Food

Symmetry breakfasts: the man behind the hit Instagram account picks his favourite and most beautiful dishes

Posted by
Harriet Hall
Published

We all know people love to post their food on Instagram. And people love to see other people’s food on Instagram, too. It’s a baffling fact of the modern age.

But when the boundaries between food and art are blurred, it's less about observing someone’s lunch and more about witnessing the creativity of the internet age.  

This is where Symmetry Breakfast comes in.

What started as a single Instagram snap has now become something of an internet phenomenon, boasting over 600, 000 followers, an accompanying blog and now a book

The account was created by Michael Zee after making breakfast for his partner one day. Noticing that the two meals were identical, Michael took a snap and posted it to Instagram.

“I started making breakfasts for Mark when he moved in with me in 2013. At the time, he was in a job that meant he was always in the office but the only time I knew I would see him everyday was at breakfast,” Michael tells Stylist.

Within weeks, Michael had amassed hundreds of thousands of followers on Instagram as his creative, precisely arranged snaps struck a chord with foodies around the world.

Now, every morning, Michael makes two identical breakfasts for himself and Mark, and photographs them for his accounts. The project now incorporates food from around the world from pastries to arepas, and encourages us to expand our plates beyond beans on toast – while presenting a beautiful image.

“I wanted to make our mornings together special and it wasn’t before long I started taking photos of what I was cooking up and posting them to Instagram,” says Michael.

“After a few months I set up @symmetrybreakfast. I had no idea it would be so popular, I left my job at the V&A last year to take food full time.”

Here Michael talks us through some of his favourite breakfast snaps. 

You can pre-order Michael's book, Symmetry Breakfast: Cook-Love-Share here, which showcases breakfasts from the couple’s travels around the world. 

  • Japanese breakfast

    Michael says: “I think sometimes we (the Western world) look at Japanese culture with such alien eyes. The level of precision and skil that is given to preparing and serving food is astonishing, sometimes I feel that culinary perfection is possible. In Japan a typical breakfast will almost always include rice, fish, pickles, tea and miso soup. It has as many components as a Full English breakfast without the greasy weight.”

  • Idli

    Michael says: “An everyday breakfast in South India, Idli are fermemted rice batter pancakes that resemble UFOs and are accompanied with a spicy stew called sambar. At any one time there will be a batch of batter on the go, ready to consume the next day, the process is similar to making sourdough bread.”

  • Baghdad Baid Masus

    Michael says: “This recipe literally translates as Special Eggs from Baghdad and I found it in a 900 year old Arab cookery manual. A few years later I found it again in a book called How to Milk an Almond, Stuff an Egg and Armor a Turnip by David Friedman and Elizabeth Cook. I love that even over many centuries, some flavour combinations still work a treat.”

  • Roht

    Michael says: “One of my favourites and one of the easiest recipes from the book. This spiced cardamom bread from Afghanistan is easy to whip up and delicious for breakfast or with a cup of tea in the afternoon. Make sure you cut it into diamonds for maximum authenticity.”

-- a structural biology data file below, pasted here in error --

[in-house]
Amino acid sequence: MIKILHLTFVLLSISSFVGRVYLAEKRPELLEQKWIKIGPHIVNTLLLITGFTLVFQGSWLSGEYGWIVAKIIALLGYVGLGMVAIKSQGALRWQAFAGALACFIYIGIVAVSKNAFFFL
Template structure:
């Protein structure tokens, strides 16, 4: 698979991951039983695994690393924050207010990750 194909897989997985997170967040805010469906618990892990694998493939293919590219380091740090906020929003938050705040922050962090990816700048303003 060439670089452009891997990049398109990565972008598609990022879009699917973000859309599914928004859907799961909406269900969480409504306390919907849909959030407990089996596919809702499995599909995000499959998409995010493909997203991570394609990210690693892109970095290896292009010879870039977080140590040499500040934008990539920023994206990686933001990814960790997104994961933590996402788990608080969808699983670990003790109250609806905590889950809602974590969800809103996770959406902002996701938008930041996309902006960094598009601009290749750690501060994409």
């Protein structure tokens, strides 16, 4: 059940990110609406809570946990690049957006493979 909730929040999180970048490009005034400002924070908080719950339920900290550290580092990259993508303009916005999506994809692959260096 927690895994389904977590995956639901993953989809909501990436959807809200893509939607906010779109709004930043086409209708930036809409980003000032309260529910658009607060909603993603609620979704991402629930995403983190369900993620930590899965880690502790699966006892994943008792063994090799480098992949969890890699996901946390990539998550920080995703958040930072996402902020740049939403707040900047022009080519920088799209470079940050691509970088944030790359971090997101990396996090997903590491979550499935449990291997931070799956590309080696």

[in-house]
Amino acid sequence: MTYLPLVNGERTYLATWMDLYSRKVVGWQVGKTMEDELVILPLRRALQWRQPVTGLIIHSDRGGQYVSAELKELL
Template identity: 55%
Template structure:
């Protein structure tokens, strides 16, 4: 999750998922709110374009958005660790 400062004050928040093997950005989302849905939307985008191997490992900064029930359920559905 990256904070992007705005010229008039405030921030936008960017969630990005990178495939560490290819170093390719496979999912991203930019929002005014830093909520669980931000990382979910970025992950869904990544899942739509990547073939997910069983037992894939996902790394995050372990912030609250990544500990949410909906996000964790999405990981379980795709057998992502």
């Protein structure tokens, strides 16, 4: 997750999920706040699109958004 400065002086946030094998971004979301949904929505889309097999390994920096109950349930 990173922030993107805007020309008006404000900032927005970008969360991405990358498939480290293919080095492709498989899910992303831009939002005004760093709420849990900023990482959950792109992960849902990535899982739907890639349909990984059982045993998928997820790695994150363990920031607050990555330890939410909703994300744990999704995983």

• Beetroot crepes

    Michael says: “I spend a lot of my spare time browsing the shelves in shops and supermarkets. Sometimes I'll buy something, even if I'm not entirely sure what it is or what to do with it. These crepes were born out of purchasing beetroot powder from a health food shop and adding it to the crepe batter. Even if there are no health benefits, they're still beautiful.”

  • Black sesame buns

    Michael says: “I've always grown up with delicious steamed buns. My grandfather was from Shanghai and emigrated to UK during the Second World War. One of my earliest memories is going to a Chinese book shop in Liverpool that also sold the best charsui baos. Sadly the shop is long gone but I often make my own buns at home. These are black sesame paste dough with creme patisserie inside for a sweet treat.”

  • A river of breakfast

    Michael says: “This breakfast was entirely inspired by the plates designed by Billy Lloyd @billylloyddesign. Each plate makes up a circle but can be reconfigured to have an undulating river of plates that are wonderful as a party centrepiece down a table.”

  • Scotch woodcock

    Michael says: “A long forgotten classic. This is actually an after dinner savoury, enjoyed by Victorians who prefered to end the evening with a savoury bite rather than sweet.”

  • Beghrir: Moroccan pancakes

    Michael says: “In the same family of pancakes as pikelets and crumpets, Beghrir are found across Morocco and Algeria and served simply with butter and honey. Best enjoyed with hot black tea or fresh mint tea.”

  • Matcha Hong Kong waffles

    Michael says: “We first encountered Hong Kong Egg Waffles in Beijing Airport, we had arrived early to get our flight home and after a quick browse of what was on offer in one of the biggest airports I've ever been in we found what looked like something from a science fiction movie. They were even served with a disposable plastic glove. Personally, I've been drinking matcha for years before it was cool but only recently started cooking with it. I get cooking matcha from Tombo as it contains chlorella to help preserve the green colour when baking.”